Bhattacharjee had reasons to get shirty. He came to the mayoral room (once occupied by the likes of Subhas Chandra Bose) at a felicitous time when money was cheap and the UPA government, wedded to ‘inclusive growth’, had a lot of cash to spare for all cities, including Kolkata, specially under the Jawaharlal Nehru Urban Renewal Mission. But, to Bhattacharjee’s dismay, his party’s votes went down the newly-paved drains. In a sense, the poll has left a question mark on the conventional wisdom that there is a constant linkage between development and the incumbent’s votes. Of the city’s 141 wards, while the Left Front got just 33 wards, against 75 in 2005, the TMC bagged 95, against 42 earlier. The Congress, which had won 21 in 2005, now got only 10.
That vindicates Banerjee’s earlier refusal to give the Congress the 40 seats that it demanded. In the light of the overall civic poll results, though, there may be renewed thinking on future ties between the TMC and the Congress. As many as 29 municipalities will come under them if they re-unite. And many of these towns, such as Serampore, Rishra and Konnagar, are just as close to Kolkata as Hapur is to Delhi. A close look at the voting figures will show that the Congress and the TMC are still cheek-by-jowl in many places.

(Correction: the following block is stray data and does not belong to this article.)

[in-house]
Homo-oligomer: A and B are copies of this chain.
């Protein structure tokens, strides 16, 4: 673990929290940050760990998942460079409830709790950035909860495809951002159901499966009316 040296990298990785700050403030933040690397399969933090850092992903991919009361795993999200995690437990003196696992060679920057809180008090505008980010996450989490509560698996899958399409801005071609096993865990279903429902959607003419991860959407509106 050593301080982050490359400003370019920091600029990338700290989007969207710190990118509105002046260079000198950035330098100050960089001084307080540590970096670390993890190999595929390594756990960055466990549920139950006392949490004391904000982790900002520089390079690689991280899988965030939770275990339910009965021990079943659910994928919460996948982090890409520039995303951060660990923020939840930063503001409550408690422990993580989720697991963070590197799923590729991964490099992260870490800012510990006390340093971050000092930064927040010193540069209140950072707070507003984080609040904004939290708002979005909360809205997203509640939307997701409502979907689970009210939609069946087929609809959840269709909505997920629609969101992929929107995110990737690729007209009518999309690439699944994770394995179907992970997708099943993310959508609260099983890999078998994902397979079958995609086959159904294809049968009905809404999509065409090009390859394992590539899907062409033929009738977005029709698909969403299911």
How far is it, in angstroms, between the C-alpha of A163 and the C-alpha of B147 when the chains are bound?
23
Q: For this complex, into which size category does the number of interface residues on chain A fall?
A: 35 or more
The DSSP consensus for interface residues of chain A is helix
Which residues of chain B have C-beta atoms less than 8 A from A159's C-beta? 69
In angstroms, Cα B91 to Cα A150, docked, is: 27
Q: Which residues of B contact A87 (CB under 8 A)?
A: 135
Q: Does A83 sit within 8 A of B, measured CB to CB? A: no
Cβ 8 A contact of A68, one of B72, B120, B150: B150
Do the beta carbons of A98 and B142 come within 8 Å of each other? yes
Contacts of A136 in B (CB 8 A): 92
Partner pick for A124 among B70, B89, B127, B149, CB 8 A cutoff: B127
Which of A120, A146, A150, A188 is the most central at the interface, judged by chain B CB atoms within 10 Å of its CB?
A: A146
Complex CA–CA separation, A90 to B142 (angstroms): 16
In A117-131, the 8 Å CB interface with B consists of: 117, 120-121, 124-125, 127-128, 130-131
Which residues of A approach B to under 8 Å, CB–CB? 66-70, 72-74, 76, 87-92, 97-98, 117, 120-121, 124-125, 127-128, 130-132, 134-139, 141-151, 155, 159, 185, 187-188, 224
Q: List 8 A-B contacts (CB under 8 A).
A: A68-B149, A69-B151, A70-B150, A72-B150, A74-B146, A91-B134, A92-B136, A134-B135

Many voters across the state would like the Left to be thrown out of power. Yet, they’d not like Banerjee to lead the charge. They should take lessons from results in the town of Jangipur in Murshidabad district, supposedly a Congress citadel. In 2009 Union Finance Minister Pranab Mukherjee won from the Jangipur parliamentary seat. But in the municipal elections this time, the Left Front has won 13 of the municipality’s 20 wards while the Congress has got six. It shows that the Congress is not solid as rock anywhere.
That puts Banerjee in a ‘game theory’ situation. If she plays with the Congress what economists call a ‘non-cooperative game’ by refusing to collude, the pay-off may be high. If she plays cautiously she’ll still be the real scorer in the ‘final’ but it will be a winning team of mixed jerseys, leaving room for leadership tussles in the future (as in Maharashtra). Much depends on her ability to bind down the Congress to a commitment that it will not demand more than a certain number of seats in the assembly elections. Being a waning force in Bengal, the Congress can violate the agreement only at its own peril.
The CPI(M) is history, though it will hate to hear this till the voters give it a coup de grace. Its synchronised microphones move from one TV talk show to another these days with the message that Banerjee is unfit to rule the very state that they’ve rendered unlivable by 34 years of misrule. The best solace they can draw is from the words of Mahatma Gandhi who told the British, after the Cripps’ Mission failed in April 1942: “Leave India to God, and if that be too much leave her to anarchy.”